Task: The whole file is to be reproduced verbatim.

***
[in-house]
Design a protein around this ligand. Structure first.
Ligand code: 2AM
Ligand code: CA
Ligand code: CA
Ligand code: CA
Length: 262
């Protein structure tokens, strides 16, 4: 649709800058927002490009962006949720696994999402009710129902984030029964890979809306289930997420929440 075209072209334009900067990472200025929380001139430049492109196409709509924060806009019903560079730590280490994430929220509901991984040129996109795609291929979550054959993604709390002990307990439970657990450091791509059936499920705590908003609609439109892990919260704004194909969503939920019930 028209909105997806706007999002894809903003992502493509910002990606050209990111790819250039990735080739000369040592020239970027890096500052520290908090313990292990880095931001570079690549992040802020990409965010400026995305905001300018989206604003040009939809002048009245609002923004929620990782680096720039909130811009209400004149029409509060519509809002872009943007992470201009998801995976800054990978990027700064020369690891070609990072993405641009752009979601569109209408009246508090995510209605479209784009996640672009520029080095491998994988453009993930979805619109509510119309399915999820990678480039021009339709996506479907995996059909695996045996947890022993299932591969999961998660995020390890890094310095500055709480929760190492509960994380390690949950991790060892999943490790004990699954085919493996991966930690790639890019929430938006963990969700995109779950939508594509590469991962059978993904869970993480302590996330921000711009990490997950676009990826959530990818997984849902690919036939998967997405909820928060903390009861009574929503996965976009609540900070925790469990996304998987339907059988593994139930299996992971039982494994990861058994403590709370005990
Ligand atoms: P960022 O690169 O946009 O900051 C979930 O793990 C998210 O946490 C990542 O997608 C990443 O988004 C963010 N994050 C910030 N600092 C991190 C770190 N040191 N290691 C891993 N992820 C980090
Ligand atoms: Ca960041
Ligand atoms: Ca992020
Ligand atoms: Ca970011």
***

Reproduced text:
[in-house]
Design a protein around this ligand. Structure first.
Ligand code: 2AM
Ligand code: CA
Ligand code: CA
Ligand code: CA
Length: 262
């Protein structure tokens, strides 16, 4: 649709800058927002490009962006949720696994999402009710129902984030029964890979809306289930997420929440 075209072209334009900067990472200025929380001139430049492109196409709509924060806009019903560079730590280490994430929220509901991984040129996109795609291929979550054959993604709390002990307990439970657990450091791509059936499920705590908003609609439109892990919260704004194909969503939920019930 028209909105997806706007999002894809903003992502493509910002990606050209990111790819250039990735080739000369040592020239970027890096500052520290908090313990292990880095931001570079690549992040802020990409965010400026995305905001300018989206604003040009939809002048009245609002923004929620990782680096720039909130811009209400004149029409509060519509809002872009943007992470201009998801995976800054990978990027700064020369690891070609990072993405641009752009979601569109209408009246508090995510209605479209784009996640672009520029080095491998994988453009993930979805619109509510119309399915999820990678480039021009339709996506479907995996059909695996045996947890022993299932591969999961998660995020390890890094310095500055709480929760190492509960994380390690949950991790060892999943490790004990699954085919493996991966930690790639890019929430938006963990969700995109779950939508594509590469991962059978993904869970993480302590996330921000711009990490997950676009990826959530990818997984849902690919036939998967997405909820928060903390009861009574929503996965976009609540900070925790469990996304998987339907059988593994139930299996992971039982494994990861058994403590709370005990
Ligand atoms: P960022 O690169 O946009 O900051 C979930 O793990 C998210 O946490 C990542 O997608 C990443 O988004 C963010 N994050 C910030 N600092 C991190 C770190 N040191 N290691 C891993 N992820 C980090
Ligand atoms: Ca960041
Ligand atoms: Ca992020
Ligand atoms: Ca970011």